PsychedelicSunSet wrote:I have a question regarding the fourth precept, specifically white lies. Are white lies viewed as breaking the fourth precept? For instance, hypothetically say my friend writes a song he's very proud of, and he plays it for me and asks me what I think. Say this song is (in my opinion) truly horrendous. Would it be better to tell him that I enjoyed it, so as to not cause him sadness, or should I tell him that I really hated it, risking hurting his feelings.
my brainstormin on this:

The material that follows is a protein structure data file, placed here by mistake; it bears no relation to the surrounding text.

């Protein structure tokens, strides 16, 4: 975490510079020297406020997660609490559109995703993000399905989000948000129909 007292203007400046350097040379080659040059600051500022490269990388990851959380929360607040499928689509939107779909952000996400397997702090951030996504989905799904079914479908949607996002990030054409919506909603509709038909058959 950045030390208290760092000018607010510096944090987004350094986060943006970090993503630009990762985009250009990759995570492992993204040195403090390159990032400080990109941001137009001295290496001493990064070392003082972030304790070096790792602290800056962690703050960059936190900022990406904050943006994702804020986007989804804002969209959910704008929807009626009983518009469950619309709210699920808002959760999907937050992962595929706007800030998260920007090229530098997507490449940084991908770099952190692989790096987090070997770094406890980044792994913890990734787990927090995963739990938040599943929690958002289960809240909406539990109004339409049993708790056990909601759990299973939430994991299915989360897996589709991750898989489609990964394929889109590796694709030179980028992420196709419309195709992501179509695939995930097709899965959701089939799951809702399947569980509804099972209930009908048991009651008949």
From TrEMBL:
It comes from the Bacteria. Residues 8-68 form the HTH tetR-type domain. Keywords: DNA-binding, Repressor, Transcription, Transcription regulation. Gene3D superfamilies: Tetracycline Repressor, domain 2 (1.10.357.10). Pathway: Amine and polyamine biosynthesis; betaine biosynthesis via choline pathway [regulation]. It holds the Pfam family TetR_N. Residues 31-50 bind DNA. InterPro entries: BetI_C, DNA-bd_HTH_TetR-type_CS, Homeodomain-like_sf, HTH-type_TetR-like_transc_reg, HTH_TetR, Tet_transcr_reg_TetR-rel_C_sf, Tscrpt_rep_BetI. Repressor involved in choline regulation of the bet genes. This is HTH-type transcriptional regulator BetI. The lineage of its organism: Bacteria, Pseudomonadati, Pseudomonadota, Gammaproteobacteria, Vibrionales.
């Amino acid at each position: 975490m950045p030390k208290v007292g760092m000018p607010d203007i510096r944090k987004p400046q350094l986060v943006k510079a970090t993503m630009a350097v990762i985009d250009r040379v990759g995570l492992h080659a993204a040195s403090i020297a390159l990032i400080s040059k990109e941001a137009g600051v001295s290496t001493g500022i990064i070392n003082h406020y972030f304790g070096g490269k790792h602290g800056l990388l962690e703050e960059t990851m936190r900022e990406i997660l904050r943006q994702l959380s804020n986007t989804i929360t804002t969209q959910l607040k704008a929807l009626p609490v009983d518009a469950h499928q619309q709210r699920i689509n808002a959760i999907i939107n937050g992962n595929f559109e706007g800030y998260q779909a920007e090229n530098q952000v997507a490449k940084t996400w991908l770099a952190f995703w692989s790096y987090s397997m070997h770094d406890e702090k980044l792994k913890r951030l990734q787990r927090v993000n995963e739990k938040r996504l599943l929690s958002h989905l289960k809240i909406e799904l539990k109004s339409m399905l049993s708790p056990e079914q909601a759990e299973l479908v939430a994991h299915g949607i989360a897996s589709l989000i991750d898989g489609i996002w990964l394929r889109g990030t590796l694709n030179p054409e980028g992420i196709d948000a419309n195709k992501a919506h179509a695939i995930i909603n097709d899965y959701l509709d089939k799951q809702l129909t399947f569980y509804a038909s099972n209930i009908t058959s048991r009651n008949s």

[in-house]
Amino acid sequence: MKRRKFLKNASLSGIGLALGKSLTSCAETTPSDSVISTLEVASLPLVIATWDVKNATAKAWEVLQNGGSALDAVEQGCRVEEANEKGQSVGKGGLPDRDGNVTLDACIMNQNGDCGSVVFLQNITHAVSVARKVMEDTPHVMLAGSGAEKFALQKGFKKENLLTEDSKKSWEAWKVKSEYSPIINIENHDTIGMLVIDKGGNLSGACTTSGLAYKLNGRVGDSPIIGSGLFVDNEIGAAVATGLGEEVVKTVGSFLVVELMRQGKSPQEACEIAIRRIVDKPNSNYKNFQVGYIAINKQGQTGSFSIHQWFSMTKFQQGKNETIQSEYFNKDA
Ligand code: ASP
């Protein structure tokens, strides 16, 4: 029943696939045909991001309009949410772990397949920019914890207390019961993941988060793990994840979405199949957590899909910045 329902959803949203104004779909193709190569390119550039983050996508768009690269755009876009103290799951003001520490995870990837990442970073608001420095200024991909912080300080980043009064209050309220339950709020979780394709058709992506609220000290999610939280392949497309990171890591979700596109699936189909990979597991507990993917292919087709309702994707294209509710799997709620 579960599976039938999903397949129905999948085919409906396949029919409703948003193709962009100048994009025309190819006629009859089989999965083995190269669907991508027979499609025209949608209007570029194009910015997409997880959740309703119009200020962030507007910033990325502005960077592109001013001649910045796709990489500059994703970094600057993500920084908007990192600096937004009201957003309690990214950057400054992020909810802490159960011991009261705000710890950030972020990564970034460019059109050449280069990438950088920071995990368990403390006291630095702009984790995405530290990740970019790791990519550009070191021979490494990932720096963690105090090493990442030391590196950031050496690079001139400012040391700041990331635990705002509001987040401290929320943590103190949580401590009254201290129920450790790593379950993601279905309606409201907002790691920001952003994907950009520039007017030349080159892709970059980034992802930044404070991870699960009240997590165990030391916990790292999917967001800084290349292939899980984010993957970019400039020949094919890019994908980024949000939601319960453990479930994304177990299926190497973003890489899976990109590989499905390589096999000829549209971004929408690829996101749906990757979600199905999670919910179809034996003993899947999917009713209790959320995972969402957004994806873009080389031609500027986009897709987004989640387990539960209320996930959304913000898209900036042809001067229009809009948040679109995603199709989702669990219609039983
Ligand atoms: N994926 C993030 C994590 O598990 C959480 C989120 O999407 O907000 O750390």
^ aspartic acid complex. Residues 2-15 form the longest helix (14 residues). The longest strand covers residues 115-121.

- This question regularly comes up and the usual answers are: Yes, whitelies are lies. Ask any Buddhist teacher, they all tell the same.
- A lie does not become the truth because someones feeling are supposed to be "protected". It stays a lie.
- Fully thought through, no one has any benefit of not telling the truth.
- Best and most helpful friends to me
are those telling the truth. To grow spiritually, I need their honesty.
- I myself am responsible for how I do react to my feelings. If someone tells me an inconvenient truth - hey, it's up to me how to react to that. I may be a bit disappointed (because things ain't the way I want them to be), but, like all feelings, that's temporarily only. Next to that, how could I learn how unpleasant feelings work (and thus overcome them), if they wouldn't be there.